Sharpness and Sharpening a Katana

Many beginning collectors tend to think that the Katana is both an extremely lightweight and razor sharp sword, but this is not necessarily true, nor a good thing.. While there are some swords on the market that are both lightweight and super sharp, they tend not to be very good cutters while swords that may feel heavy and surprisingly unsharp to the casual touch could theoretically cut someone from shoulder to hip clean in half with a single swipe..

All of the Samurai Swords we sell at the SBG Sword Store are fully functional and as sharp as they should be for cutting traditional targets in tameshigiri. Some may not feel very sharp to the touch as they have significant niku - which is like an appleseed bevel and is designed to strengthen the edge when cutting through heavy targets. Be extremely careful and never underestimate a swords cutting ability, some swords that feel a little dull will cut extremely well when in motion or if run across the skin with a slicing motion, the blade will cut down to the bone (we have had people in the past carelessly end up in the emergency ward due to underestimating a katana's slicing power).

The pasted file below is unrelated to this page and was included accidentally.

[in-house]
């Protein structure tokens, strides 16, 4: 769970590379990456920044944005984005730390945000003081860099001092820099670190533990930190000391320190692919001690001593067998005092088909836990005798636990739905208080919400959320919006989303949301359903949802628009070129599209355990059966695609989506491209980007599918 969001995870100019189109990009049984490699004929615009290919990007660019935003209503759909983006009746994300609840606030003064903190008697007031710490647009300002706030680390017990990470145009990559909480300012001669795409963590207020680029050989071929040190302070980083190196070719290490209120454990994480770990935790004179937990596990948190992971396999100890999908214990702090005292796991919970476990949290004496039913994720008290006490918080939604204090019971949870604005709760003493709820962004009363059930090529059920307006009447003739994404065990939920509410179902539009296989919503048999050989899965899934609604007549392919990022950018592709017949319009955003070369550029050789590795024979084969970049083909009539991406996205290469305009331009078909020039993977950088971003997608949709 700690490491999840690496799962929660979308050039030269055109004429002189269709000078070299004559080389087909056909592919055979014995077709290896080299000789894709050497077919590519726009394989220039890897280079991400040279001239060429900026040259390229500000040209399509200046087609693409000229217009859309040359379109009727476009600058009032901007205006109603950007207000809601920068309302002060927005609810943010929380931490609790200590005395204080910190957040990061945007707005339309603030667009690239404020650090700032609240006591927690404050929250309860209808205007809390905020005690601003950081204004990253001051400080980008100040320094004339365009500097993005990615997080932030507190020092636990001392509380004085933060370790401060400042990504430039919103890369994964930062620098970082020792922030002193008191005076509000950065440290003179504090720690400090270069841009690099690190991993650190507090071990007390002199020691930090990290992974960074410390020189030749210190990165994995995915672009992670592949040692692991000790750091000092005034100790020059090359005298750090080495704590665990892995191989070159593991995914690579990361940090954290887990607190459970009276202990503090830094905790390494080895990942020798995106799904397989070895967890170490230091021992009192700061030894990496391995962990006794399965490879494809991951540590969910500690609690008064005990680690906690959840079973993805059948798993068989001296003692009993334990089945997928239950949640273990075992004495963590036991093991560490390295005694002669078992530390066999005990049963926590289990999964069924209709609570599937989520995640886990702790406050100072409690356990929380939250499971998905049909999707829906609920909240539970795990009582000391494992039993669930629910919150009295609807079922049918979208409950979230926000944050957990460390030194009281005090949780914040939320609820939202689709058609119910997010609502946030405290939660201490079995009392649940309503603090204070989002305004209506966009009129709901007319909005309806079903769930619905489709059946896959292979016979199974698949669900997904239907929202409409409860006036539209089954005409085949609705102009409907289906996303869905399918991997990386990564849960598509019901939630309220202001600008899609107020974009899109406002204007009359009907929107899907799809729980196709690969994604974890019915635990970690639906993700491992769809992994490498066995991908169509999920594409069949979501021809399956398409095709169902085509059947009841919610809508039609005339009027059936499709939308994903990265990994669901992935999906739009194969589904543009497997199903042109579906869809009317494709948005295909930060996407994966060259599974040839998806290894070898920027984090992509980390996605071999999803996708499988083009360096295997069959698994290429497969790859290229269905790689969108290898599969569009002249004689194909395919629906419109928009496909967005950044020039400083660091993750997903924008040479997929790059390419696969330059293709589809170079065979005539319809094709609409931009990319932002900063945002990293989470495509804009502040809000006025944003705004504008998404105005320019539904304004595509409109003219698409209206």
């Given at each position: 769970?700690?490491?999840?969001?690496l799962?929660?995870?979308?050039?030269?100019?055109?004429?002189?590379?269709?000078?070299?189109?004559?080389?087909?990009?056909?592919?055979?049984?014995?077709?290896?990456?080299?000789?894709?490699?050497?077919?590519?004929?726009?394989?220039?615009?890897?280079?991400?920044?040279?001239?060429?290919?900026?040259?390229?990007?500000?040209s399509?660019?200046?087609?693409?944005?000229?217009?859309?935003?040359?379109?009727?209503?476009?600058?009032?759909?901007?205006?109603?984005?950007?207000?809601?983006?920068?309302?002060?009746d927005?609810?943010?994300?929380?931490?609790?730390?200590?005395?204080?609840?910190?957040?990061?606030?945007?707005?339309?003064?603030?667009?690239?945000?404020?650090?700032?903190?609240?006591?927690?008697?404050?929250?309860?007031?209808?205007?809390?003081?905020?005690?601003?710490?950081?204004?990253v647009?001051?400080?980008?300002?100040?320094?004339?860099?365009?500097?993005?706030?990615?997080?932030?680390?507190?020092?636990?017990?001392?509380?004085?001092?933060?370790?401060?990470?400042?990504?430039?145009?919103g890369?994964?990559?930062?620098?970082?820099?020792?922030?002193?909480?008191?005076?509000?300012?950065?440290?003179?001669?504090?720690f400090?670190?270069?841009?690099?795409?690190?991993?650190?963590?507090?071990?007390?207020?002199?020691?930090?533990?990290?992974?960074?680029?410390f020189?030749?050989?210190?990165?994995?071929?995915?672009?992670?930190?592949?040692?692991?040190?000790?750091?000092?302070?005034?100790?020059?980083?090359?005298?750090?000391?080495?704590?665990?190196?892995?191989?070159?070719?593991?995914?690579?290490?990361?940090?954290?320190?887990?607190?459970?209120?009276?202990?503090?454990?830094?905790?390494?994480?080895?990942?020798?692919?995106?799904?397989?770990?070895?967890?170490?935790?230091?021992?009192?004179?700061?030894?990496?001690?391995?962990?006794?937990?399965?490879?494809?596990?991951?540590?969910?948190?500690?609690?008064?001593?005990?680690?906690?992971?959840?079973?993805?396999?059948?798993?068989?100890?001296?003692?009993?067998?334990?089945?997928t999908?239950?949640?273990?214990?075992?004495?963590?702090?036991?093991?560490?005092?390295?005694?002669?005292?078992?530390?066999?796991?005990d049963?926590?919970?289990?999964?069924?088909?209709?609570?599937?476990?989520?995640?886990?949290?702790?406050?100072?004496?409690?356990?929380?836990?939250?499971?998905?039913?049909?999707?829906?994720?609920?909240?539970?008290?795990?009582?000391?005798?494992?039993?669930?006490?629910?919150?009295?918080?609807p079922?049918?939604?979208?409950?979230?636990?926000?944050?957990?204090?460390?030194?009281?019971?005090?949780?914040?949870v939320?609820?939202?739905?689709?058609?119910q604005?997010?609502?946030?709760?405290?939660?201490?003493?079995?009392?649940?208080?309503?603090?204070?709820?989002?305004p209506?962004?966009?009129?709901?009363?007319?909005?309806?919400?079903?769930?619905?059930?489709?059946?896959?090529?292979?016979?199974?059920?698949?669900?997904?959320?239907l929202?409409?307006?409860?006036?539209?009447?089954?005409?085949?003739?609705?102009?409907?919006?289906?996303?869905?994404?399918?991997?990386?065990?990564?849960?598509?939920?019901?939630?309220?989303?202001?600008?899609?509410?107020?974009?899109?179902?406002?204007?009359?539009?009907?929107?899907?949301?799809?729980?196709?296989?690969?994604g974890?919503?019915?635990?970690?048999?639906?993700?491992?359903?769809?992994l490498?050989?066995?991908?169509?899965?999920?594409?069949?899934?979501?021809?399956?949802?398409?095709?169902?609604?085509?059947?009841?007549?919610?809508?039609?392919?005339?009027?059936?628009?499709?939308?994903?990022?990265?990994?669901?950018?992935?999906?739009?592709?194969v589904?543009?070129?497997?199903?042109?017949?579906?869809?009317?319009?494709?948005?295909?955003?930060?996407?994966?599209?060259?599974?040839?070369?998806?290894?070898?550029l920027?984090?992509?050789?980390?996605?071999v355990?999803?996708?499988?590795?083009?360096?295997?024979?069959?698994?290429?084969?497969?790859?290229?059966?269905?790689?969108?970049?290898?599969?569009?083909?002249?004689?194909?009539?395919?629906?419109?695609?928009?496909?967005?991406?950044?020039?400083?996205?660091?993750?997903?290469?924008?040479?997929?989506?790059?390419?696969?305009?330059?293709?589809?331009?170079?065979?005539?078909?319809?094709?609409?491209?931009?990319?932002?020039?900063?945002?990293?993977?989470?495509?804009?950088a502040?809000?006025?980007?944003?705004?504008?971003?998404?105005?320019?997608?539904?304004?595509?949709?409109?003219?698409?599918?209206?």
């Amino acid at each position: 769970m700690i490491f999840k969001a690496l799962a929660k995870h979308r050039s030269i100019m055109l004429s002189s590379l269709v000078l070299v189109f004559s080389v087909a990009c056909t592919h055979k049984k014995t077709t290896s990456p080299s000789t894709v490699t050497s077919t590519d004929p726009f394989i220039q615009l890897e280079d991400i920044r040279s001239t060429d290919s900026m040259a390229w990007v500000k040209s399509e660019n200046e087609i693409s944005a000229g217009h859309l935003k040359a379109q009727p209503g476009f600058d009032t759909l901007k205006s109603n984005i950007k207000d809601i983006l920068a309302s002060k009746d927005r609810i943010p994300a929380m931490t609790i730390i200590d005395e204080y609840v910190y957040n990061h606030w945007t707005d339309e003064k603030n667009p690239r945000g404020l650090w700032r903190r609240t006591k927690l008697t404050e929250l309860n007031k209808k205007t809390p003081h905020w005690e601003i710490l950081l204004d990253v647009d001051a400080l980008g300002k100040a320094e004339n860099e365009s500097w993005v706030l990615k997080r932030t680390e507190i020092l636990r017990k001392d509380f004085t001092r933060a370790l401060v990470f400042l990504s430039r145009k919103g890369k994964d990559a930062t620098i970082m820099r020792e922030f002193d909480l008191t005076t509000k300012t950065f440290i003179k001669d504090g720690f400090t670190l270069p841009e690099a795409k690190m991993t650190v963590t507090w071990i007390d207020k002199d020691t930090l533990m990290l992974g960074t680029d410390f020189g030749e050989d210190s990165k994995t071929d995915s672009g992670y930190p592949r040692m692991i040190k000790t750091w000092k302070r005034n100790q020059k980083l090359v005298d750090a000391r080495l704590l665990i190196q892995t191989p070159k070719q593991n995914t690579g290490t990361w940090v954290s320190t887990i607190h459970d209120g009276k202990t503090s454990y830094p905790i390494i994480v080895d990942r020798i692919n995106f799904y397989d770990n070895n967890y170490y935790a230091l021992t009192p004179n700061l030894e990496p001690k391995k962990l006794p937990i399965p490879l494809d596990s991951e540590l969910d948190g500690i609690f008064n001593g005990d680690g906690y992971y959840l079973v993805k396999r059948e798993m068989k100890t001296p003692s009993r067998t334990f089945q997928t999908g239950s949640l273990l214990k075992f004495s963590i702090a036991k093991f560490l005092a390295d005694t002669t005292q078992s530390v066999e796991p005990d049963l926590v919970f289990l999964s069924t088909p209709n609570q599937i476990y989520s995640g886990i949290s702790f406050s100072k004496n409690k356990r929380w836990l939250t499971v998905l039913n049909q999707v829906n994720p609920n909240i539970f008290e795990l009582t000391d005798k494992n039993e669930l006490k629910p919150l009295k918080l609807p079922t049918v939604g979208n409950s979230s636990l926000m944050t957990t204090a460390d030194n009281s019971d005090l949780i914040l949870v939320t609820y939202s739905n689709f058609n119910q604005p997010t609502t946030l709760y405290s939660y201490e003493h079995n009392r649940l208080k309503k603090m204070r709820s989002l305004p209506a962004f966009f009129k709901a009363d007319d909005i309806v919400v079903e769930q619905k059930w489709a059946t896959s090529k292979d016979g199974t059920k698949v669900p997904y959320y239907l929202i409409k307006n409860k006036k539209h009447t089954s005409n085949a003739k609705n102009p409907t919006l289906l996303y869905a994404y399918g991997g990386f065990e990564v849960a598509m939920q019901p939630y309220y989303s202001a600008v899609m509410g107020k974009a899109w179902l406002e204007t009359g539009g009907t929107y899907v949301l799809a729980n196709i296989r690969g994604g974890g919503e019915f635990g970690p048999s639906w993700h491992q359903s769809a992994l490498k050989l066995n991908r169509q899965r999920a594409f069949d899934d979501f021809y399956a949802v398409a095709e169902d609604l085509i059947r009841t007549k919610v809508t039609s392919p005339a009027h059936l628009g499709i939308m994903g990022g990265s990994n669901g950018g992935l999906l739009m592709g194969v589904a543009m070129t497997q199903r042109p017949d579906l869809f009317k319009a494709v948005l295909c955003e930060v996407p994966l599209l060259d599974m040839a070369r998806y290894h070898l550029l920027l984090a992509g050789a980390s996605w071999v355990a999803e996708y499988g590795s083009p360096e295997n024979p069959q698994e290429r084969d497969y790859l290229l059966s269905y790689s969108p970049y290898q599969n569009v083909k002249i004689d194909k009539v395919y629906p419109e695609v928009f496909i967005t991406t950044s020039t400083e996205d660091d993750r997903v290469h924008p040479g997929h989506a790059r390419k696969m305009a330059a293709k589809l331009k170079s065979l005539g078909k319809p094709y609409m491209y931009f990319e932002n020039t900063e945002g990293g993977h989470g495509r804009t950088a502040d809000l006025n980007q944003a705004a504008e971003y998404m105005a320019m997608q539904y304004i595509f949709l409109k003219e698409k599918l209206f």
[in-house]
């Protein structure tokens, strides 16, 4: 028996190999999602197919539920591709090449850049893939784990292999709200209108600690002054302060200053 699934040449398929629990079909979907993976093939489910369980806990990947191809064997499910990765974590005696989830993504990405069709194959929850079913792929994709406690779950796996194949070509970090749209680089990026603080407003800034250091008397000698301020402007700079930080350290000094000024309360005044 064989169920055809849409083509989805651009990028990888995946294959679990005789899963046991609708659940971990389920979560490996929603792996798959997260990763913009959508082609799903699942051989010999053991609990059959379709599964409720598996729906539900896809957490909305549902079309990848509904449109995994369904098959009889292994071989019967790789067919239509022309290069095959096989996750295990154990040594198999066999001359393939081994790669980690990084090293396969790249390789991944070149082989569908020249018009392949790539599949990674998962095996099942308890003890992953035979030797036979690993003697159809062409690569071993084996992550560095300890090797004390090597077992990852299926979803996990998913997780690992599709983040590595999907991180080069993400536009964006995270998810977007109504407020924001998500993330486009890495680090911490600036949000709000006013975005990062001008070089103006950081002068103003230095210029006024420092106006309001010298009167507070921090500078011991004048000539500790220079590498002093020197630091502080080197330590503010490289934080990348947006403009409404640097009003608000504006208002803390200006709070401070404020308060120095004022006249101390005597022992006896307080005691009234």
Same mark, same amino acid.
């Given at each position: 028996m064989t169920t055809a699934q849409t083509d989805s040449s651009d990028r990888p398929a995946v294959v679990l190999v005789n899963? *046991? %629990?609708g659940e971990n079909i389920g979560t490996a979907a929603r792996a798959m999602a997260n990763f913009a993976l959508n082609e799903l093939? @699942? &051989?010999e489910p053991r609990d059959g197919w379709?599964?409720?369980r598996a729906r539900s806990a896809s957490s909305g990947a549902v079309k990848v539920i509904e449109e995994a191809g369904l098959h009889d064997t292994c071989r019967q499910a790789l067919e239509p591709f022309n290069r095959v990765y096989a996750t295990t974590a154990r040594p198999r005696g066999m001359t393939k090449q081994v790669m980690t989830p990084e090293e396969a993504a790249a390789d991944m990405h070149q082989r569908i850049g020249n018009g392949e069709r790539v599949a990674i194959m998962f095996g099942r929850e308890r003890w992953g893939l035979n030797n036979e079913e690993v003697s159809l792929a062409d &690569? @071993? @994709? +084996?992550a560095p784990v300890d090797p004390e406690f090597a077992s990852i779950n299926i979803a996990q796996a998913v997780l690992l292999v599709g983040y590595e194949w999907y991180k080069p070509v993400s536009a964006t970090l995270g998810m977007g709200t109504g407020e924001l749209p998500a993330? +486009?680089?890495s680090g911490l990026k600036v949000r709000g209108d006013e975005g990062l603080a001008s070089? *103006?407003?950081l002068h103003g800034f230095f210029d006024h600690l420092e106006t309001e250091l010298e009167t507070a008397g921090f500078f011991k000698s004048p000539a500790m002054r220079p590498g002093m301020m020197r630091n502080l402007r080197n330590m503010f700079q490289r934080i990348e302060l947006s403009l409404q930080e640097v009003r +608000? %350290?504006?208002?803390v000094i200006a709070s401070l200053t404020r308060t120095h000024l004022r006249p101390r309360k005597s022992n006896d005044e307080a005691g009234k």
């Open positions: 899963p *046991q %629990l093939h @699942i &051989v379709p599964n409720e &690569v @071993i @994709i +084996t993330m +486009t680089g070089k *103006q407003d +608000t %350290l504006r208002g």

Conversely, some swords that feel really sharp can barely cut anything at all and will chip or break on harder targets. But rest assured that the swords we sell are as sharp as they should be and suitable for serious dojo applications and tameshigiri.

Sharpening a Katana

Over time a katana will eventually need to have the edge touched up. All of the swords we sell, especially the differentially hardened katana with real hamon, tend to need sharpening less often than their monotempered cousins, but eventually - after months or years of cutting, the edge will naturally start to lose its sharpness and need a touch up.

As there are no affordable commercial sword sharpening services (most cost the same or more than simply buying another sword) it is strongly advisable to learn how to sharpen a Katana as part of being a sword owner. There are various techniques available, and these are all discussed in more detail on our website here, but for the time being here is a good video guide on how to sharpen a Katana with a cheap $10 whetstone.

You can also use this technique if, for whatever reason, you wish to increase the sharpness of the blade from the default factory edge. But as stated at the outset, it is not necessary with the swords we sell at SBG.

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